Cultural Heritage.

the simulation whilst some modifications are performed.

3.3 MR registration and staging

Employing a markerless camera tracking solution for registering the CG camera according to

the real one, is an added value advantage since it eliminates the use of external tracking devices

or avoids polluting the real scene with the use of known fiducial markers. However, the issue

that arises is how to geometrically calibrate the camera and define the scene fiducial origin in

world coordinates. Especially as our MR scenes have animated virtual characters, initial character

staging, scaling and orientation is a crucial factor in order to determine correct initial, lifesized,

believable geometrical registration. In the pipeline described in section 4, boujou allows

for an initial scene origin to be defined offline on a tracked scene feature. This feature though is

not sufficient as for a number of characters and a storytelling scenario, designers would like to

interactively direct, stage and adjust the action in real-time, according to their dramaturgical interest.

Therefore we propose a simple algorithm for determining the storytelling scene origin

and orientation, harnessing the features of the underlying OpenGL scenegraph renderer camera

metaphor and world node coordinates as depicted in Fig. 3. We allow for interactive manipulation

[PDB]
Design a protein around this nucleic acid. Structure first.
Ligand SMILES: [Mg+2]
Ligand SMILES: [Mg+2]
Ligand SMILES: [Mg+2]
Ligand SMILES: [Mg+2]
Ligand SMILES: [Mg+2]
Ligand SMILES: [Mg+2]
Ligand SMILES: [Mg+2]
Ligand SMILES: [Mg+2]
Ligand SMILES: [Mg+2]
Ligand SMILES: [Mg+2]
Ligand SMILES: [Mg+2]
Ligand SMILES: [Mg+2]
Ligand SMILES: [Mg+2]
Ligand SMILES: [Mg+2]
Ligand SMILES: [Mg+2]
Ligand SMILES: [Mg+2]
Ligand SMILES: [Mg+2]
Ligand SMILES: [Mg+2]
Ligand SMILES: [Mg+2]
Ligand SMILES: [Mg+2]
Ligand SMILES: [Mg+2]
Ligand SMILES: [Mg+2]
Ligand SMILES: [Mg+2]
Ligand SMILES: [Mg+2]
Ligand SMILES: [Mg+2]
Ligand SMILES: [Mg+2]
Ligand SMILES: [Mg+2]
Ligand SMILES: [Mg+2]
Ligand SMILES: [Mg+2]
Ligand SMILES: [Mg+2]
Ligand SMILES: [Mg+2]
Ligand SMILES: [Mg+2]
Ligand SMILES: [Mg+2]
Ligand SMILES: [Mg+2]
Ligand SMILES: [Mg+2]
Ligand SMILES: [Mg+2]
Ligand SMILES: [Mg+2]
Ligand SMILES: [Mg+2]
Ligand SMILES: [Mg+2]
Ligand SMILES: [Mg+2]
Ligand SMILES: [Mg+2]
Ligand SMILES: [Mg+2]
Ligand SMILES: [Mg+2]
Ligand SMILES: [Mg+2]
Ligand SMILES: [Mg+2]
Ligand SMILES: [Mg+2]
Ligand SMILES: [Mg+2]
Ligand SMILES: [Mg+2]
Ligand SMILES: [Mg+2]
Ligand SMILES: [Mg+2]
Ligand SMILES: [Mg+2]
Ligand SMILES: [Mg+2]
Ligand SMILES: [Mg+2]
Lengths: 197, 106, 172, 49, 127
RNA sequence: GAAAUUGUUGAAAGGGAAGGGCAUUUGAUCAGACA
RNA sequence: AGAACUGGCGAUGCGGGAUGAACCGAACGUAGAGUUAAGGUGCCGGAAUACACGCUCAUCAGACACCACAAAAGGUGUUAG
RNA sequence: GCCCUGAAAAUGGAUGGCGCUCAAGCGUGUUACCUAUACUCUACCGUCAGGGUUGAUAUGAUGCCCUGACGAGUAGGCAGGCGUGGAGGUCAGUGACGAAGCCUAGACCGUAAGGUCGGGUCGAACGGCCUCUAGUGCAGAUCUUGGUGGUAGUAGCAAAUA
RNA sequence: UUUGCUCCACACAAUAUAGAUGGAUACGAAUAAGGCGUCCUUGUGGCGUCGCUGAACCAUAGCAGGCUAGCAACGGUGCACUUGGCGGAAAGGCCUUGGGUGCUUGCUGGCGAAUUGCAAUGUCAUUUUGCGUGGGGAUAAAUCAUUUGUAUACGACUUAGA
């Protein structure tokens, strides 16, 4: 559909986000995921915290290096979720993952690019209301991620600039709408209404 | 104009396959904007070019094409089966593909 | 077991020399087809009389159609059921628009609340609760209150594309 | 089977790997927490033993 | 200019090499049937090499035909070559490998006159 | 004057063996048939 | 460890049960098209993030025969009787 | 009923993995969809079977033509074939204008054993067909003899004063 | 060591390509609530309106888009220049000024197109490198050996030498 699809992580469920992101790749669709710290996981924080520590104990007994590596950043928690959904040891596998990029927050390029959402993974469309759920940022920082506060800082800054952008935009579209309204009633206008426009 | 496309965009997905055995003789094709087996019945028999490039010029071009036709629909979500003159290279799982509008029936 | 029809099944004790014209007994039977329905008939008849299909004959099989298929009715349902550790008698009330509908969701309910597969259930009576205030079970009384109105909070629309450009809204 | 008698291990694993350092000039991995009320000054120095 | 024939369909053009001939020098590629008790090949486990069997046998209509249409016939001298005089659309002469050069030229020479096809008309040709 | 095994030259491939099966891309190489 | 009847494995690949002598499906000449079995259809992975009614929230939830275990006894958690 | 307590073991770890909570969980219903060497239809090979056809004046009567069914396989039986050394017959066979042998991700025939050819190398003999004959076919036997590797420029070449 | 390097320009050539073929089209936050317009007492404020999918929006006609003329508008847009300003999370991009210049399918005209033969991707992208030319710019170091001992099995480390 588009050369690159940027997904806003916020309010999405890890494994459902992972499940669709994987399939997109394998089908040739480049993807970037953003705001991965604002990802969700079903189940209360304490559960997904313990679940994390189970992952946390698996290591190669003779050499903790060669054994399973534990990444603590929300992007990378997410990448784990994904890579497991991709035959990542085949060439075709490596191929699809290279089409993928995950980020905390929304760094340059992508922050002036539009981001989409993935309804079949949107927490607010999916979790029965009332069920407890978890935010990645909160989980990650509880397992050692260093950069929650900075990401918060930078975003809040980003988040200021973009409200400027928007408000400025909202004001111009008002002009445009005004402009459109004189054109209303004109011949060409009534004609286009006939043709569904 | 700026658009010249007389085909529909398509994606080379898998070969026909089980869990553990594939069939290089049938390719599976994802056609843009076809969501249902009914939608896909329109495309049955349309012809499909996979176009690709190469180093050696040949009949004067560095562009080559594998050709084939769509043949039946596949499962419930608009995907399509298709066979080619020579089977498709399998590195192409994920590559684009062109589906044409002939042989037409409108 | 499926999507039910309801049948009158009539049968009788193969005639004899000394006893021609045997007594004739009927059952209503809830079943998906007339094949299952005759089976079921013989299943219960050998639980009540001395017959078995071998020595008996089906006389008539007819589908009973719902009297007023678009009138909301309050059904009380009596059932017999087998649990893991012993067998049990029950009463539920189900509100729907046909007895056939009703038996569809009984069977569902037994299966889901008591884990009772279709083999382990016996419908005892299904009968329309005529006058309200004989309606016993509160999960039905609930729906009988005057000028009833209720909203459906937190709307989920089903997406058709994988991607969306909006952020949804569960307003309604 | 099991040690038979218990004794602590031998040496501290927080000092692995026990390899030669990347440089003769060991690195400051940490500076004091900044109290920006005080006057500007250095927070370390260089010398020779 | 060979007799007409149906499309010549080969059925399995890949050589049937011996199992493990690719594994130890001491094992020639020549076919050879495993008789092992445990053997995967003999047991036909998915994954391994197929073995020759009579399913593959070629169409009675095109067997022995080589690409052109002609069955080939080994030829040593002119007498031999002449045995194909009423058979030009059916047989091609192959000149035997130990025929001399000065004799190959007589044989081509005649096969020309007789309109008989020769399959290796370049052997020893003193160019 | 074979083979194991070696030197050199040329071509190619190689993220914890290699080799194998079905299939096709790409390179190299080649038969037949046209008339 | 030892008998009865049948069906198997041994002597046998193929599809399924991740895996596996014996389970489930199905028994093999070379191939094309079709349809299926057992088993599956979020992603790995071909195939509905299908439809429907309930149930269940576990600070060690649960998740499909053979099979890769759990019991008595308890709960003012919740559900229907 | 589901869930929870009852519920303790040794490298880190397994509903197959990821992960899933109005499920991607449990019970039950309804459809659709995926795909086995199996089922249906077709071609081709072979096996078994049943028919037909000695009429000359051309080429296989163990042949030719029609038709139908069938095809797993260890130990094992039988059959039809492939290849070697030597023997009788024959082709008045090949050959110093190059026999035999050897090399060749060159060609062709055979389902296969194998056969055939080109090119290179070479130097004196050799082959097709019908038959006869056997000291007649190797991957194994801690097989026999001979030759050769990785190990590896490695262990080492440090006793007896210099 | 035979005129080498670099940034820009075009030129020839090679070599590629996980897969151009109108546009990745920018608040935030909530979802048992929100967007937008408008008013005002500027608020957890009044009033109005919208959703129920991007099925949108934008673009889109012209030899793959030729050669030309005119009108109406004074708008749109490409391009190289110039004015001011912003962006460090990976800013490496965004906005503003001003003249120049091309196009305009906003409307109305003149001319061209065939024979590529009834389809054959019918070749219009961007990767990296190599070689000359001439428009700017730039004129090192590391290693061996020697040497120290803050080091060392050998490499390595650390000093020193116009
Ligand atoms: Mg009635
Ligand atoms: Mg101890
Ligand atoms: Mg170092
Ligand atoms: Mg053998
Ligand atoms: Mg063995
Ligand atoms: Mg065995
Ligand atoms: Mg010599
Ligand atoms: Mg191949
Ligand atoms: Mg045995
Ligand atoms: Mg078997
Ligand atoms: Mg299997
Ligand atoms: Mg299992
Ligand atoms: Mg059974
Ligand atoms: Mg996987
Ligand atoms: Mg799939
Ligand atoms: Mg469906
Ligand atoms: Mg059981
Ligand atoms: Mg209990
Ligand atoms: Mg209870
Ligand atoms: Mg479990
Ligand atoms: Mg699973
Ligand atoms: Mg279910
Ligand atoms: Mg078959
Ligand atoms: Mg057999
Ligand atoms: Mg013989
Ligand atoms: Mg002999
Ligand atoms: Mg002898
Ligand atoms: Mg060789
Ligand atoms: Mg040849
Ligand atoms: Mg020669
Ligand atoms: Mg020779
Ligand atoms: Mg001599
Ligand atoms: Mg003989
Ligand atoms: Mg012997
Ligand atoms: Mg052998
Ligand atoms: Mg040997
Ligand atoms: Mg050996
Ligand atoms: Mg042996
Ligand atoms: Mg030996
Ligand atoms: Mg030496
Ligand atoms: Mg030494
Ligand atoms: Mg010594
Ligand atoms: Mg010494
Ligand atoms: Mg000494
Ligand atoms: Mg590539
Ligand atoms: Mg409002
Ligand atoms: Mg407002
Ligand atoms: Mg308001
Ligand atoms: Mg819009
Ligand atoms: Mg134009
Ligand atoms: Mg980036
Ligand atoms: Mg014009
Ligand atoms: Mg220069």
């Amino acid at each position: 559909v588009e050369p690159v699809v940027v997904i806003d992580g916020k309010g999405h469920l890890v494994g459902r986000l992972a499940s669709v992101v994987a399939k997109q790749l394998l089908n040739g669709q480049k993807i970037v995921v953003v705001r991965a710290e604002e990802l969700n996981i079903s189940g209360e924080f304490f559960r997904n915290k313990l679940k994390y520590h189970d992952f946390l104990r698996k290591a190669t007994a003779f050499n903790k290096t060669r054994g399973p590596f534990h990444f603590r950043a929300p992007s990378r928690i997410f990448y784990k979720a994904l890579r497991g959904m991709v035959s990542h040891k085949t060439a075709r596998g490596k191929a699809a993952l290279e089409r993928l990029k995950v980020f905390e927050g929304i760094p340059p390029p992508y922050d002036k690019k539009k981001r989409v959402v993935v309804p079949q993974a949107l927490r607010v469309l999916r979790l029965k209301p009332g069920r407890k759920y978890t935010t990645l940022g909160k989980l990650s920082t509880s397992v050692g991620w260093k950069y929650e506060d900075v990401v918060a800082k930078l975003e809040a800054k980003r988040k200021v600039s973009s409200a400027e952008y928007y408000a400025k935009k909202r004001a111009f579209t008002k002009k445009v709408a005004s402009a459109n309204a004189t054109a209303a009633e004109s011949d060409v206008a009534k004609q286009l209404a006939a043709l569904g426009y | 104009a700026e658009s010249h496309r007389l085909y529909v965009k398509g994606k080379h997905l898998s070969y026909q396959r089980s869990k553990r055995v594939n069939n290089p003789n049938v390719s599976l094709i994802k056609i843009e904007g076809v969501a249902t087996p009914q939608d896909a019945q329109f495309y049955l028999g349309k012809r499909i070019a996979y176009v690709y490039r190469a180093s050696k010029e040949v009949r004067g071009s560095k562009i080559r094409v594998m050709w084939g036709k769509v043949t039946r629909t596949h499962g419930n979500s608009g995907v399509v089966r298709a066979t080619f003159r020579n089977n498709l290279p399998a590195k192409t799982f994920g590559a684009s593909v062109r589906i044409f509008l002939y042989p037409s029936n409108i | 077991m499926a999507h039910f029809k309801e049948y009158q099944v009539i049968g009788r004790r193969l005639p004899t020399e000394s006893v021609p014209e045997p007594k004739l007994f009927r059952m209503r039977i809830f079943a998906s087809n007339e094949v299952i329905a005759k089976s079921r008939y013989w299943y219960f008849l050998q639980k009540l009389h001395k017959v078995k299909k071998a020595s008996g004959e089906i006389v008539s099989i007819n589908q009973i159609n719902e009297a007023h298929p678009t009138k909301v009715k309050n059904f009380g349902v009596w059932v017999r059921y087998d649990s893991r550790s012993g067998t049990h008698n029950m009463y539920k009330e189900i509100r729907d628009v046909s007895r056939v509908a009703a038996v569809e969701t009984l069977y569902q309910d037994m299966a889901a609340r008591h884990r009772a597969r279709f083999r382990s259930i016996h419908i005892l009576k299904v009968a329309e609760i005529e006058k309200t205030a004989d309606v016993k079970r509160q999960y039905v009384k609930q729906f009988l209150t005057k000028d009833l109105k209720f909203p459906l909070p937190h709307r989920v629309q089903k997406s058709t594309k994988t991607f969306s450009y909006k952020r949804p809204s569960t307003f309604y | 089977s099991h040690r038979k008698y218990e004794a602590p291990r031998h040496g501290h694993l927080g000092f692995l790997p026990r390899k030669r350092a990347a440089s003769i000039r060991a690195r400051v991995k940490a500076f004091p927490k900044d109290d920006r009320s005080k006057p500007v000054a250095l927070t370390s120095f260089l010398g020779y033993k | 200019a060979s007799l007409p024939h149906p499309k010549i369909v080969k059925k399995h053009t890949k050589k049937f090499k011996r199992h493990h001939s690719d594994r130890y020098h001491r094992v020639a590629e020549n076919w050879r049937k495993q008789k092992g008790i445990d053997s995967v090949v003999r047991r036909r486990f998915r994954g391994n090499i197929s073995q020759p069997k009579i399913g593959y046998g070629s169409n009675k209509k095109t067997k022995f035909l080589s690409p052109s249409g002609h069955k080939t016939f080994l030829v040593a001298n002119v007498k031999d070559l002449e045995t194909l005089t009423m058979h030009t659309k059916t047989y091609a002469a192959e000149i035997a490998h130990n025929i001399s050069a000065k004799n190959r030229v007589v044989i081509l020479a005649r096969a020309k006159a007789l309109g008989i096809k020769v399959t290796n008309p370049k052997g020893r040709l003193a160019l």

of the scene camera as well as separate scene global repositioning and scaling according to

the standard OpenGL formulas for ModelView and Projection matrices: The ModelView and

Projection matrices are used to set up the virtual camera metaphor and are provided in real-time

for each tracked frame, by the underlying camera tracker (Papagiannakis et al 2005). Thus for

interactive authoring-staging in the MR scene, two more controls are supplied: a) A single vector

is mapped via keyboard contols on the translation part of the camera so that the camera can

be furthermore tweaked within the tracked frame and b) A single 4×4 translation matrix is

mapped as a virtual trackball metaphor, so that a designer can interactively stage the “Main

Scene” scenegraph node that contains all the virtual augmentation. Since the basic renderer of

the VHD++ framework is based on OpenScenegraph, all individual elements can have their

transformation matrix modified. However, for the MR real-time authoring stage, it is important

that the whole staged experience can be initially positioned according to the real scene so that

the camera tracking module can subsequently register it accordingly with the real scene.

Fig. 3. Camera Coordinate Systems in MR Fig. 4 Stylized Mediated Reality Extension (The “Visual filter”

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  • h20ho on Jun 6, 2012

    your formatting got messed up.

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